They’re pissed, and they say they have good reason.
“This game is not worth the hype at all,” raged one gamer on Metacritic. “The way Valve has been pushing this I was expecting the second coming of Christ but instead I got a niche, 4 hour long minigame. Worst of all is the cash shop… as if the $US45 price tag for the game alone isn’t enough.”
Another groused: “I paid $US45 for a full game, but what I got was a stripped-down game and the “opportunity” to buy the $US80 worth of DLC [downloadable content]they have available on release day.”
Here are some facts:
1) The game is short, but it’s not a mere four hours long, as its critics are charging. The single-player campaign lasted about nine hours for me, though others may burn through it more briskly. A separate co-op campaign will exceed five hours for most gamers playing it the first time, bringing the overall playing hours easily over 10. The game costs $US60 on Xbox 360 and PS3, $US50 on PC and Mac, so you can judge whether the price is too high for that many hours. The quality of that time has to count for something, of course. Fans may be smarting from the reality that Portal 2, as a puzzle game, may be no more fun to play through a second time than solving a crossword puzzle again. (The game does include hidden easter eggs and comprehensive developer commentary to freshen up a return visit.)
2) The PC and Mac versions do include an in-game DLC store. This store is inaccessible in the Xbox 360 version (we’re checking the PS3 version once we get our hands on it). All of the DLC is cosmetic and will visually alter the robots you can control in co-op. None grants a player a gameplay advantage or shortcut. The items cost a total of $US85.64 though can be purchased in a bundle for $US34.99. The items range from 16 $US2 co-op gestures (the Atlas Faceplam, for example) to $US5 skins for your robot .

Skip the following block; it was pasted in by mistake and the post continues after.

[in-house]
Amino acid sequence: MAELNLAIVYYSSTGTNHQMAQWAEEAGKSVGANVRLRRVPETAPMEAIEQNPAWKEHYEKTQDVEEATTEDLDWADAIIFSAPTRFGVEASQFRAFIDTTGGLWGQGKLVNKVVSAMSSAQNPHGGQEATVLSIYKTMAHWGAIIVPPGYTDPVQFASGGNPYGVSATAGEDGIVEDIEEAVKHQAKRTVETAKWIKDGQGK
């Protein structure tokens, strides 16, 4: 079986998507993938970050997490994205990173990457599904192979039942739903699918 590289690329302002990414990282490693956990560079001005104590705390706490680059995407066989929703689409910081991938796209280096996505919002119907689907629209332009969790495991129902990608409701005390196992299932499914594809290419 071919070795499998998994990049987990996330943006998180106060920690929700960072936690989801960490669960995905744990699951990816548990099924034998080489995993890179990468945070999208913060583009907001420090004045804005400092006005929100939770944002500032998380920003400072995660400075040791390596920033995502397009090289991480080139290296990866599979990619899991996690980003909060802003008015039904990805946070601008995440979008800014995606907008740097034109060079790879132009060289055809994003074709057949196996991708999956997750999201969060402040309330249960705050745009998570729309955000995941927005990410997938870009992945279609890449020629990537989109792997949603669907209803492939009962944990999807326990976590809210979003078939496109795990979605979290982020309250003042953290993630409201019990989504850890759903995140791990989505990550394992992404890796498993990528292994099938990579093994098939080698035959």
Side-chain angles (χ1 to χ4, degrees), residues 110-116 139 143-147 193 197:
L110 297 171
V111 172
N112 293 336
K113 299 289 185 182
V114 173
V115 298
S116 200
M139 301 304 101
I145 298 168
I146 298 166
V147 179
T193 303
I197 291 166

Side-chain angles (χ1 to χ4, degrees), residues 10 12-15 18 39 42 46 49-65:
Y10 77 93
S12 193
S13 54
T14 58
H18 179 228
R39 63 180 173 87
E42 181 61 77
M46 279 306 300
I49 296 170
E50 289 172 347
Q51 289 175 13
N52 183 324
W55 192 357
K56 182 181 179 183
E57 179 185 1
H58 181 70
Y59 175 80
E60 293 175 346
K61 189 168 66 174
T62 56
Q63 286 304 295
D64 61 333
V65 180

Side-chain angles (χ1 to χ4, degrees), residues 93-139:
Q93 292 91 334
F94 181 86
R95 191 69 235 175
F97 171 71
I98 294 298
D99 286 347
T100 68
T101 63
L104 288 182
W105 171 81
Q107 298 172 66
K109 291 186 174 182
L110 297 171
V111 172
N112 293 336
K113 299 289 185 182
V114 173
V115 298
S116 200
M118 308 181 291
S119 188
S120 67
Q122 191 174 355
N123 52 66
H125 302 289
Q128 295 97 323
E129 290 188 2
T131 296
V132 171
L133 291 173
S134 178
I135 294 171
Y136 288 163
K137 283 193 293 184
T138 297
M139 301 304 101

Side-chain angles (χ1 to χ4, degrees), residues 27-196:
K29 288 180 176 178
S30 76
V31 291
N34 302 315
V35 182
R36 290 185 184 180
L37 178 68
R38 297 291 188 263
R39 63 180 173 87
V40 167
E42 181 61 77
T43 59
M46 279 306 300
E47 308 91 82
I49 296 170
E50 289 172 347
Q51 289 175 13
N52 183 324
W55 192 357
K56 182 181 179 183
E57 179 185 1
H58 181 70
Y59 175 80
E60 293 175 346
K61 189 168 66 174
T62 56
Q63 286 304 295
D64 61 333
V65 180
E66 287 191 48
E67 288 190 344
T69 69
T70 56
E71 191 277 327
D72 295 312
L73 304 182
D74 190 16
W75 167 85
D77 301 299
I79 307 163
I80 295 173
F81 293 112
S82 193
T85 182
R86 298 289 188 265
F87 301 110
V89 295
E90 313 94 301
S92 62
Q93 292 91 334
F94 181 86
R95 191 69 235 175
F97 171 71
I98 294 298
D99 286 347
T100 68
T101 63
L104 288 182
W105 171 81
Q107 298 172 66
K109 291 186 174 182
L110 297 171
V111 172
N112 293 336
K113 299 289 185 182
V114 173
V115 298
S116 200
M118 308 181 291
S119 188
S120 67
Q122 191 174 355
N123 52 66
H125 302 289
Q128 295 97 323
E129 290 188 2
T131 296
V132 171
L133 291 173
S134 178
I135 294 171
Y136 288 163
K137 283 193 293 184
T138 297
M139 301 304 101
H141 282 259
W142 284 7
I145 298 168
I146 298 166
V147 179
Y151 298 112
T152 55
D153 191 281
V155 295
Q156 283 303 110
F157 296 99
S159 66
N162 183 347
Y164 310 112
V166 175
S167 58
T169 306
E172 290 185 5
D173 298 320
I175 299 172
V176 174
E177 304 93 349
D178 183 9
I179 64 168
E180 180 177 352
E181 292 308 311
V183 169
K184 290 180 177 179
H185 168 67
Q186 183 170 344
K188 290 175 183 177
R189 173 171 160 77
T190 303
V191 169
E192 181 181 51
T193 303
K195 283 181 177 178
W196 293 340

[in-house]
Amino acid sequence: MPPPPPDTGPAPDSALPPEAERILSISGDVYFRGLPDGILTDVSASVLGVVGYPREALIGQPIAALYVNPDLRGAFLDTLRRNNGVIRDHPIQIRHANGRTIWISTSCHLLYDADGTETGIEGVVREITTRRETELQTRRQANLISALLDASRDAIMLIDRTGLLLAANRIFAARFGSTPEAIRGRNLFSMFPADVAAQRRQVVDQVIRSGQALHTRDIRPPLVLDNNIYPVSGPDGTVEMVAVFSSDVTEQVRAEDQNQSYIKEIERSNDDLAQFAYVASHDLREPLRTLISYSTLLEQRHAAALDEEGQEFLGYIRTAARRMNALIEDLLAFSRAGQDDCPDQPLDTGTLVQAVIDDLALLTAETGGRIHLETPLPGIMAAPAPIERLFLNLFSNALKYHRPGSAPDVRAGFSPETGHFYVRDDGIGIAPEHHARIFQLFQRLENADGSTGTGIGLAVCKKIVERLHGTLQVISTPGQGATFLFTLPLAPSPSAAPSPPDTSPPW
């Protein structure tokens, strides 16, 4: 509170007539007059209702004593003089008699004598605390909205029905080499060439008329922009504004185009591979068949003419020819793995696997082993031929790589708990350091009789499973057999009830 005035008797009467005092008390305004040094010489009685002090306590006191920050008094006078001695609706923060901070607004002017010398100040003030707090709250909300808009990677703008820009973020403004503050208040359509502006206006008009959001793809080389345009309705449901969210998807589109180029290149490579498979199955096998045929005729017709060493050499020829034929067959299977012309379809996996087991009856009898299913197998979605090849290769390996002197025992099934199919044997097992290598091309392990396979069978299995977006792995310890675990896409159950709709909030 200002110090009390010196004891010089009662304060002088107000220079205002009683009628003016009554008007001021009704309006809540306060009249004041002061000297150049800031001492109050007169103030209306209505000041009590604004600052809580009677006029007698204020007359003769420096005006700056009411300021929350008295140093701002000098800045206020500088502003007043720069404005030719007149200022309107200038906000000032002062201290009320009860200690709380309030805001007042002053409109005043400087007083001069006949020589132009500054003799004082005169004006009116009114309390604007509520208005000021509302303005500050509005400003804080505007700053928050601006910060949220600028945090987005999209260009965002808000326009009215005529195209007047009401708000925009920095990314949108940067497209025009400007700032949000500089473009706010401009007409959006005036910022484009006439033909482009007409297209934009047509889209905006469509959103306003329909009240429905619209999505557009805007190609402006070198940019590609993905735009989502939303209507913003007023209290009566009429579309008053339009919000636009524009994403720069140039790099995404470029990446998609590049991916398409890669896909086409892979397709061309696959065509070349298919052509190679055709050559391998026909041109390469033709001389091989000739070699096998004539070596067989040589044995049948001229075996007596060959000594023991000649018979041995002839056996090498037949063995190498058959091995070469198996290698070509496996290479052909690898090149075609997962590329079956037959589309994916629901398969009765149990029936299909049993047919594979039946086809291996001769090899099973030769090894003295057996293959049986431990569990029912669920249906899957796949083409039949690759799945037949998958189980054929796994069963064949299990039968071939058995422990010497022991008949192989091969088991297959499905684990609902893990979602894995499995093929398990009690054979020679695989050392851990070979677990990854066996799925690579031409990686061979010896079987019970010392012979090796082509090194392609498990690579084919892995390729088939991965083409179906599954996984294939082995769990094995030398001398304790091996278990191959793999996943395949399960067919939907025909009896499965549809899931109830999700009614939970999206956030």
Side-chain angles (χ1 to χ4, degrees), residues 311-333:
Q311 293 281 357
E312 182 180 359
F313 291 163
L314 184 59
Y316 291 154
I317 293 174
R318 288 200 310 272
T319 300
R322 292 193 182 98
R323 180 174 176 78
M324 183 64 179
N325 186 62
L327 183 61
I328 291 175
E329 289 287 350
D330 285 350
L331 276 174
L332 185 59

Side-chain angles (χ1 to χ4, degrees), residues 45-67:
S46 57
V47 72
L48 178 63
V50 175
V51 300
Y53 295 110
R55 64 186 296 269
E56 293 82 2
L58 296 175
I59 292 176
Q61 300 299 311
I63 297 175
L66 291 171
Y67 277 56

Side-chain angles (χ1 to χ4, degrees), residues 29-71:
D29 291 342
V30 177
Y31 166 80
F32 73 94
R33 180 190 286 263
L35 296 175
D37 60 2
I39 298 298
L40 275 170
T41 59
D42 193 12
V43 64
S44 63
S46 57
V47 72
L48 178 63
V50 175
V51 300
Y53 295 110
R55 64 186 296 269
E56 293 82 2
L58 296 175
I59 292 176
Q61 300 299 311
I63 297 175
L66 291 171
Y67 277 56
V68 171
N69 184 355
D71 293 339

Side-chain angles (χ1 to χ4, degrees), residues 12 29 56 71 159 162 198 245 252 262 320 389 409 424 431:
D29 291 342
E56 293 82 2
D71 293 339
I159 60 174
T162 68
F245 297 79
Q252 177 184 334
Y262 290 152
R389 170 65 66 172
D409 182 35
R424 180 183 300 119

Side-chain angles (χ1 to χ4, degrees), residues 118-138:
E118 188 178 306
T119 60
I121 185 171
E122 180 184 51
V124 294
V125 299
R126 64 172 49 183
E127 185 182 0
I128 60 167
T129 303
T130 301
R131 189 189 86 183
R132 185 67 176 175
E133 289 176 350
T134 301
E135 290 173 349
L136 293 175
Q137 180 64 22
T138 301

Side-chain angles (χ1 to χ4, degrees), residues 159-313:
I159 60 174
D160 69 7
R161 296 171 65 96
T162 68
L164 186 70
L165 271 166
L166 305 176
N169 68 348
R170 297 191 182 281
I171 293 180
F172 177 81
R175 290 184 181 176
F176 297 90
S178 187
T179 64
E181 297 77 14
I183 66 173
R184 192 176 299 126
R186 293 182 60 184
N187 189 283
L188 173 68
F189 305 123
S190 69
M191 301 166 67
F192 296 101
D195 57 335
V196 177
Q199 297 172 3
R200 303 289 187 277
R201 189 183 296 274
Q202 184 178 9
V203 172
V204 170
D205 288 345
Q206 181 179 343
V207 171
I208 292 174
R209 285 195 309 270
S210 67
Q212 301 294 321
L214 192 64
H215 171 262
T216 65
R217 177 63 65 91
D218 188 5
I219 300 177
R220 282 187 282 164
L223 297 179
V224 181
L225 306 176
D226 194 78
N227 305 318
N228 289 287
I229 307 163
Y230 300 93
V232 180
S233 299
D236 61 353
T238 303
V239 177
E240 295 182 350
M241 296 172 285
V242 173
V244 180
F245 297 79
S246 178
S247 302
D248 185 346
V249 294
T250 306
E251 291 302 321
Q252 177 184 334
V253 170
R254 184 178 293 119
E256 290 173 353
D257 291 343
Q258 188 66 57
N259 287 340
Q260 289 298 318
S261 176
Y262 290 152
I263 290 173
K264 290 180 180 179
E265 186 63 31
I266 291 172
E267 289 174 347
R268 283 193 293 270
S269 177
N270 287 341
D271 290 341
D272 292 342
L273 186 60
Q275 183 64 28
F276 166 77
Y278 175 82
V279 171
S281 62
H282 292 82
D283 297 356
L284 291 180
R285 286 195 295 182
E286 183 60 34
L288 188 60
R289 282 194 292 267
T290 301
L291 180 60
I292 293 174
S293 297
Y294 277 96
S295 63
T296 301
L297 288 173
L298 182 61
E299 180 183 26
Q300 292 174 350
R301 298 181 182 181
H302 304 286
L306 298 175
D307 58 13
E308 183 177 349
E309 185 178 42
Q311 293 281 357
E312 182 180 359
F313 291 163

The anti-Portal 2 gamers also complain that the new game is unoriginal and graphically unimpressive. Some seethe with the theory that Valve focused on making the Xbox 360 and PlayStation 3 versions of the game, porting them to PC and Mac. We’re checking with Valve about whether the porting theory is true, though in terms of the game’s visuals and degree of originality, we must refer you again to our review. (For those afraid to click: I thought the game’s visual design was superb and surprisingly lively; I didn’t mind that the story wasn’t as surprising as the first game’s.)
Portal 2 will probably be ok, despite the Metacritic slams. Some of the barbs thrown at it may prove to be unjustified; others, especially the concerns about over-priced DLC, may stick. This game is better than a 4.7, but buyer beware if you’re concerned about playing time or annoyed about how game companies try to profit from the kind of in-game garnish that used to be free or, in the minds of some, simply should be.
Metacritic image via NeoGAF.